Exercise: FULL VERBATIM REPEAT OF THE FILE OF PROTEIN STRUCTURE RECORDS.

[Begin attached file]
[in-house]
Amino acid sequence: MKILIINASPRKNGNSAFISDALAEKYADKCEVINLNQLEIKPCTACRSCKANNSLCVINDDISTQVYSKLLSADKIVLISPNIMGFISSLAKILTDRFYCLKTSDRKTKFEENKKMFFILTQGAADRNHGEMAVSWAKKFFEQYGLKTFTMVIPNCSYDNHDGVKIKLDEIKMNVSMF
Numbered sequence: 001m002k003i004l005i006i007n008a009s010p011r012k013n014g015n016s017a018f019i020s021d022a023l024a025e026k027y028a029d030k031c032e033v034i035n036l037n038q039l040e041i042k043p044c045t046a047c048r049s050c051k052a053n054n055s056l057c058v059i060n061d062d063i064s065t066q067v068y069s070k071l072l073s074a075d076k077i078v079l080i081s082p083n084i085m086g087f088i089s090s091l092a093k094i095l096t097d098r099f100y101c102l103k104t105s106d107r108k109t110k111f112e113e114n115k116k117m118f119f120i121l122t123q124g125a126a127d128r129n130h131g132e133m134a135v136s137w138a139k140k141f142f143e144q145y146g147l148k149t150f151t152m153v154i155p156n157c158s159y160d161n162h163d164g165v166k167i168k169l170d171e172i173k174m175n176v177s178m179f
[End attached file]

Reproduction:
[in-house]
Amino acid sequence: MKILIINASPRKNGNSAFISDALAEKYADKCEVINLNQLEIKPCTACRSCKANNSLCVINDDISTQVYSKLLSADKIVLISPNIMGFISSLAKILTDRFYCLKTSDRKTKFEENKKMFFILTQGAADRNHGEMAVSWAKKFFEQYGLKTFTMVIPNCSYDNHDGVKIKLDEIKMNVSMF
Numbered sequence: 001m002k003i004l005i006i007n008a009s010p011r012k013n014g015n016s017a018f019i020s021d022a023l024a025e026k027y028a029d030k031c032e033v034i035n036l037n038q039l040e041i042k043p044c045t046a047c048r049s050c051k052a053n054n055s056l057c058v059i060n061d062d063i064s065t066q067v068y069s070k071l072l073s074a075d076k077i078v079l080i081s082p083n084i085m086g087f088i089s090s091l092a093k094i095l096t097d098r099f100y101c102l103k104t105s106d107r108k109t110k111f112e113e114n115k116k117m118f119f120i121l122t123q124g125a126a127d128r129n130h131g132e133m134a135v136s137w138a139k140k141f142f143e144q145y146g147l148k149t150f151t152m153v154i155p156n157c158s159y160d161n162h163d164g165v166k167i168k169l170d171e172i173k174m175n176v177s178m179f